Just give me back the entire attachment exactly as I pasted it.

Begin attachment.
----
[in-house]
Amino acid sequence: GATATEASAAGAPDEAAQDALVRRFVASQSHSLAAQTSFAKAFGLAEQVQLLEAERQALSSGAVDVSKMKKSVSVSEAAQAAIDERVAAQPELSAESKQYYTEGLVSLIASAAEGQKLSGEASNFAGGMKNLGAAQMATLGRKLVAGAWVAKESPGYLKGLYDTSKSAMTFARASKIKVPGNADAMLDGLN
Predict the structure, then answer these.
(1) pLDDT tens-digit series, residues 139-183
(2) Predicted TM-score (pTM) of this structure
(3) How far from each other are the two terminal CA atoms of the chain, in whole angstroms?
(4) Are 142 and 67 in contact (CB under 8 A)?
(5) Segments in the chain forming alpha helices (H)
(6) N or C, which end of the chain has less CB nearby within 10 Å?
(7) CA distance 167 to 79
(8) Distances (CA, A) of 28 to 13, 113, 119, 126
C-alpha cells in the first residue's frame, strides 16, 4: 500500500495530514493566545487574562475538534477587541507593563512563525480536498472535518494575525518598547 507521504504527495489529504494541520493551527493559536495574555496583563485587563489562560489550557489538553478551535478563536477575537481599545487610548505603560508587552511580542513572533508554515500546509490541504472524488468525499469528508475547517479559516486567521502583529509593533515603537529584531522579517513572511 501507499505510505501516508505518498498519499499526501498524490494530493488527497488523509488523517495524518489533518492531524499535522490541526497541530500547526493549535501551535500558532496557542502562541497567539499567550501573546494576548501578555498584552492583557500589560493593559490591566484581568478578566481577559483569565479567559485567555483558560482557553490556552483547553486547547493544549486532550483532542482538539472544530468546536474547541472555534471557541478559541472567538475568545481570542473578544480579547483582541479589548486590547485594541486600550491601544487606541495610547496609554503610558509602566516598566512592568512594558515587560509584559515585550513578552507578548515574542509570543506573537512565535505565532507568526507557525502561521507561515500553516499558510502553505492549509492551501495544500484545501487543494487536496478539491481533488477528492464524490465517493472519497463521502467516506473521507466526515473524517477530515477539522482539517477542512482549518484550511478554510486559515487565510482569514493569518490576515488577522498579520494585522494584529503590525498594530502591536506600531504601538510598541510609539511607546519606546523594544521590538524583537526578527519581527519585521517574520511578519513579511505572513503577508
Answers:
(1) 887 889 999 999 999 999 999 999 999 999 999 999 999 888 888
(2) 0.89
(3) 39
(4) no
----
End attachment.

[in-house]
Amino acid sequence: GATATEASAAGAPDEAAQDALVRRFVASQSHSLAAQTSFAKAFGLAEQVQLLEAERQALSSGAVDVSKMKKSVSVSEAAQAAIDERVAAQPELSAESKQYYTEGLVSLIASAAEGQKLSGEASNFAGGMKNLGAAQMATLGRKLVAGAWVAKESPGYLKGLYDTSKSAMTFARASKIKVPGNADAMLDGLN
Predict the structure, then answer these.
(1) pLDDT tens-digit series, residues 139-183
(2) Predicted TM-score (pTM) of this structure
(3) How far from each other are the two terminal CA atoms of the chain, in whole angstroms?
(4) Are 142 and 67 in contact (CB under 8 A)?
(5) Segments in the chain forming alpha helices (H)
(6) N or C, which end of the chain has less CB nearby within 10 Å?
(7) CA distance 167 to 79
(8) Distances (CA, A) of 28 to 13, 113, 119, 126
C-alpha cells in the first residue's frame, strides 16, 4: 500500500495530514493566545487574562475538534477587541507593563512563525480536498472535518494575525518598547 507521504504527495489529504494541520493551527493559536495574555496583563485587563489562560489550557489538553478551535478563536477575537481599545487610548505603560508587552511580542513572533508554515500546509490541504472524488468525499469528508475547517479559516486567521502583529509593533515603537529584531522579517513572511 501507499505510505501516508505518498498519499499526501498524490494530493488527497488523509488523517495524518489533518492531524499535522490541526497541530500547526493549535501551535500558532496557542502562541497567539499567550501573546494576548501578555498584552492583557500589560493593559490591566484581568478578566481577559483569565479567559485567555483558560482557553490556552483547553486547547493544549486532550483532542482538539472544530468546536474547541472555534471557541478559541472567538475568545481570542473578544480579547483582541479589548486590547485594541486600550491601544487606541495610547496609554503610558509602566516598566512592568512594558515587560509584559515585550513578552507578548515574542509570543506573537512565535505565532507568526507557525502561521507561515500553516499558510502553505492549509492551501495544500484545501487543494487536496478539491481533488477528492464524490465517493472519497463521502467516506473521507466526515473524517477530515477539522482539517477542512482549518484550511478554510486559515487565510482569514493569518490576515488577522498579520494585522494584529503590525498594530502591536506600531504601538510598541510609539511607546519606546523594544521590538524583537526578527519581527519585521517574520511578519513579511505572513503577508
Answers:
(1) 887 889 999 999 999 999 999 999 999 999 999 999 999 888 888
(2) 0.89
(3) 39
(4) no